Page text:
Details of the new Dacia Sandero’s interior and engines have been released. Projected to go on sale before the end of the year (with deliveries starting in early 2021), the Sandero looks set to remain Britain’s cheapest new car, although there may be a slight increase from the current price of £6,995.
The new design features Y-shaped LED daytime running lights with a chrome bar that appears to connect them. The bonnet gets a reworking, with new raised elements that look like stripes. It looks like the back of the car features LED elements too, while the rear lights have changed shape, as has the roofline.
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Dacia’s mission to make the Sandero more appealing even stretches to the door handles and boot release, which have both been redesigned to be more comfortable to use. Only the base model now gets an old-fashioned boot release instead of an integrated electric one. The new Sandero is both longer and wider than its predecessor, which has boosted space in the cabin and in the boot. You now get 328 litres of space, up 18 on the old car.
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Sandero Stepway models get a 41mm ride height increase, plus chunkier body cladding and metal scuff plates to make it look more like an SUV. There are roof rails and 16-inch wheels on every Stepway.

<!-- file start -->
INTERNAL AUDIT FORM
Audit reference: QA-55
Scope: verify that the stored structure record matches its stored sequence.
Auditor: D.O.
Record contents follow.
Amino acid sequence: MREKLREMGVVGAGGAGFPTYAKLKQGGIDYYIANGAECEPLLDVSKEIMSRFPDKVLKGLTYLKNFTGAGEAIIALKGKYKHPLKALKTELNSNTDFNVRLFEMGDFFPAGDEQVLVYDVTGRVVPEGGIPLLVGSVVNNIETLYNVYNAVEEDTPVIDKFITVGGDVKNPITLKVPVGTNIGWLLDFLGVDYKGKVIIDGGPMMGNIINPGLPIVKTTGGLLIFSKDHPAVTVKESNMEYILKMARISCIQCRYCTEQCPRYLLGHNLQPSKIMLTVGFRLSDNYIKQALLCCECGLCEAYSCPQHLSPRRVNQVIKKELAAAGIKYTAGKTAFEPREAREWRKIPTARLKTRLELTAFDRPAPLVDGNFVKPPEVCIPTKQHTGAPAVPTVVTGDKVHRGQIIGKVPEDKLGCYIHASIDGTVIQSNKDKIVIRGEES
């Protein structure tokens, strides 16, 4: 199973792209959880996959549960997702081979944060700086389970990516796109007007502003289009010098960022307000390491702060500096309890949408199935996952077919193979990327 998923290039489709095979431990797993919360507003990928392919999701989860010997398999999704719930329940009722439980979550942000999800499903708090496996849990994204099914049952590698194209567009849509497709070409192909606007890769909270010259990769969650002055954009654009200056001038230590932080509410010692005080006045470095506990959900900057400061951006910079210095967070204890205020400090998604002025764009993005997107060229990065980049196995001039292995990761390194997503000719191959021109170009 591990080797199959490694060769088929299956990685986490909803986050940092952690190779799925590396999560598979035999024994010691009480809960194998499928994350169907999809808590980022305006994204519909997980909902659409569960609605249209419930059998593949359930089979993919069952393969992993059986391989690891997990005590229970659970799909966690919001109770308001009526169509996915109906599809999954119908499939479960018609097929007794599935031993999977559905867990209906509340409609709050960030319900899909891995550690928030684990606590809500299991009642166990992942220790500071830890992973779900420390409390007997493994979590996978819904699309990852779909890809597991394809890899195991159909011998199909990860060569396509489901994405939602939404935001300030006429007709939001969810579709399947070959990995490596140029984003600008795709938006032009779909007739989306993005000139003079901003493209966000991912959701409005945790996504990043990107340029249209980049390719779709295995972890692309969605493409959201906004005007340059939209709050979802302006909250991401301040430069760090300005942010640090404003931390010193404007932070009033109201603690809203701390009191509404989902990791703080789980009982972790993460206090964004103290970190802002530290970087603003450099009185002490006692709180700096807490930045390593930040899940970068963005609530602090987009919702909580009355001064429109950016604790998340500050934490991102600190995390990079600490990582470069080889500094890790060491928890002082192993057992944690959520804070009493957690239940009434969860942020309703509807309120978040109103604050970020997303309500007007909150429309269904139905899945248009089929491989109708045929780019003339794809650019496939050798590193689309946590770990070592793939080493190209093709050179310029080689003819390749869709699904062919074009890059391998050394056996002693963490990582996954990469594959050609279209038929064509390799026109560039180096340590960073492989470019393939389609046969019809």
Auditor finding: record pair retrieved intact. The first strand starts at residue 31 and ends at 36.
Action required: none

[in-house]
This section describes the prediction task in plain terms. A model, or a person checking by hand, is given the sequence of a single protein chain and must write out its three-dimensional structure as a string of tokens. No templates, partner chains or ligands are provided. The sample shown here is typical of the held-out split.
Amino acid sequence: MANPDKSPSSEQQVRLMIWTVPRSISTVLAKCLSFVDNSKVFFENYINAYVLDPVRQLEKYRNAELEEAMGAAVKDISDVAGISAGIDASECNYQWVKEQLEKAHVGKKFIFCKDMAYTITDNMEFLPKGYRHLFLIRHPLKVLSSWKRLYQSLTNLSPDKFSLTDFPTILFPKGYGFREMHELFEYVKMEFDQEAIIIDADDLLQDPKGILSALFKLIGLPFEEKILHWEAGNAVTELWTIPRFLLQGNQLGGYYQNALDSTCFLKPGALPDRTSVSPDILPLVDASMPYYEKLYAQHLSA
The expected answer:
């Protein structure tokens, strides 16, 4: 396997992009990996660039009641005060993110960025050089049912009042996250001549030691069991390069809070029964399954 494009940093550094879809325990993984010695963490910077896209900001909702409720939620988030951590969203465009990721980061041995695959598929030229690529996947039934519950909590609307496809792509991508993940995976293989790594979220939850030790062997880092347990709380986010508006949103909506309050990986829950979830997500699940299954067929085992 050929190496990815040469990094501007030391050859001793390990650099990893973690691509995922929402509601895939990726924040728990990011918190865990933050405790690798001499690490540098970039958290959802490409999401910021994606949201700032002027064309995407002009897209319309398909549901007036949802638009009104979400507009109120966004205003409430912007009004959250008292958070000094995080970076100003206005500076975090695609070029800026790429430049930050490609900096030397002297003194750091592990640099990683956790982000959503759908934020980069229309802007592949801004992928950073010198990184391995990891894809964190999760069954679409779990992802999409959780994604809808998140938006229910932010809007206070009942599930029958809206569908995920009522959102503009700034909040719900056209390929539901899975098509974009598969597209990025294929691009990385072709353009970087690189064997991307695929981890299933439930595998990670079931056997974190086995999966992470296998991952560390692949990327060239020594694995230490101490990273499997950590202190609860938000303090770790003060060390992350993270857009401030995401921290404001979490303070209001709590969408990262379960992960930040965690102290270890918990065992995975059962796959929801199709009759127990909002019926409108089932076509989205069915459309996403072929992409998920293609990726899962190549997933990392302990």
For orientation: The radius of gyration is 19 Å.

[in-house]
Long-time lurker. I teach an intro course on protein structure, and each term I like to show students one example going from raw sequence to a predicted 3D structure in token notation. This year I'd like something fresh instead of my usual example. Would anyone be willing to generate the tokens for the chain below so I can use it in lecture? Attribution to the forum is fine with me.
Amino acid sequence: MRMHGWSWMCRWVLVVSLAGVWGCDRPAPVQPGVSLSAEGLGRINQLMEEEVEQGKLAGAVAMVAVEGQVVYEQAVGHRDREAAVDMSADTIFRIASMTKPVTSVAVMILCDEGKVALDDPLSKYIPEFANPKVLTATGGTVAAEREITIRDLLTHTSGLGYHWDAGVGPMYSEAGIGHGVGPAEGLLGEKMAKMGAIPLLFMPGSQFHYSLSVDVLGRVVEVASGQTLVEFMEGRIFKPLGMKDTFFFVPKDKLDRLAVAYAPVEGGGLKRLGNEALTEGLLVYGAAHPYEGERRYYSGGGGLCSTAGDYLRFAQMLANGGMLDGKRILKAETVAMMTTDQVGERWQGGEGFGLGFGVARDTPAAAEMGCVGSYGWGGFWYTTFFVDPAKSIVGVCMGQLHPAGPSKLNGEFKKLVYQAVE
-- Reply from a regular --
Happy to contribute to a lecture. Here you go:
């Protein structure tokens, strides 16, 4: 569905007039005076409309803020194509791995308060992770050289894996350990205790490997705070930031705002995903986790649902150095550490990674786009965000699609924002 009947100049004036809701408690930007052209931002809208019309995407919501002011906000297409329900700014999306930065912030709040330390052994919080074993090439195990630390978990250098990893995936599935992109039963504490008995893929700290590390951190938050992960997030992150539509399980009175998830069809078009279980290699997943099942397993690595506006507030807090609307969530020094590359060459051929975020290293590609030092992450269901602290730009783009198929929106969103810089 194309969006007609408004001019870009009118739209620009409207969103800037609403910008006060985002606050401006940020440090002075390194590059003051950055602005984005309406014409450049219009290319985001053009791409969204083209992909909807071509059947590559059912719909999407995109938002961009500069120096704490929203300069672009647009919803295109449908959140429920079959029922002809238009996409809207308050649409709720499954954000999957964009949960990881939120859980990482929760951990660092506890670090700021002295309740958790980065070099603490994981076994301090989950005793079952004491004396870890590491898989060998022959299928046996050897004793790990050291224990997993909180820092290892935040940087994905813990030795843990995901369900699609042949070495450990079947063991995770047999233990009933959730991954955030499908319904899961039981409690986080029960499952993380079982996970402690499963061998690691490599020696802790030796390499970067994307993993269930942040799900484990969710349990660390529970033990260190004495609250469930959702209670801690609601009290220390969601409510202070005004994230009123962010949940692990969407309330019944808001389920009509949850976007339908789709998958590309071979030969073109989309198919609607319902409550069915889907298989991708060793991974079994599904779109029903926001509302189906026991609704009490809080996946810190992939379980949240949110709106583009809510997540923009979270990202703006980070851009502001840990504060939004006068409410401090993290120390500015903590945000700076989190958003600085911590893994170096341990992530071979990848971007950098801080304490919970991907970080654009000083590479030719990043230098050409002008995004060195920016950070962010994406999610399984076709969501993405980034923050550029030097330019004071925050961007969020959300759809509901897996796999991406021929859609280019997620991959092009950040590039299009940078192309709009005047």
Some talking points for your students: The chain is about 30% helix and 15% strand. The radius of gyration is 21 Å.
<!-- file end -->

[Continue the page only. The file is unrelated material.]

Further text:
The current Sandero is underpinned by the same platform as the third-generation Renault Clio, which dates back to the early 2000s. To modernise the new model, and to ensure it meets current safety and emissions regulations, Dacia has used the latest CMF-B platform, which underpins the current Renault Clio and the Nissan Juke.
Switching to the new platform allows AEB (autonomous emergency braking) to be fitted, which should mean the Sandero gets a more respectable Euro NCAP safety score. There are now six airbags instead of the previous model’s four.
An extra benefit of the CMF-B underpinnings is that additional equipment can also be fitted. We’re told climate control, a reversing camera, heated front seats and an electric handbrake can all be included but many of these are likely to be reserved for high-spec models. Even the cheapest model will now get a radio – with DAB and Bluetooth, no less – while other versions will get an eight-inch touchscreen with Apple CarPlay and Android Auto.
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You won’t get mild-hybrid or plug-in hybrid powertrains. Instead, the engine range will remain similar to that of the current model, with a pair of 1.0-litre petrol engines: a naturally aspirated 64bhp engine, badged SCe, and a turbocharged 89bhp TCe version. Dacia may offer an LPG-equipped TCe 100 engine, which promises more than 800 miles of range when both tanks are full.
Interested in knowing more about the outgoing Dacia Sandero? Read our full review for more information.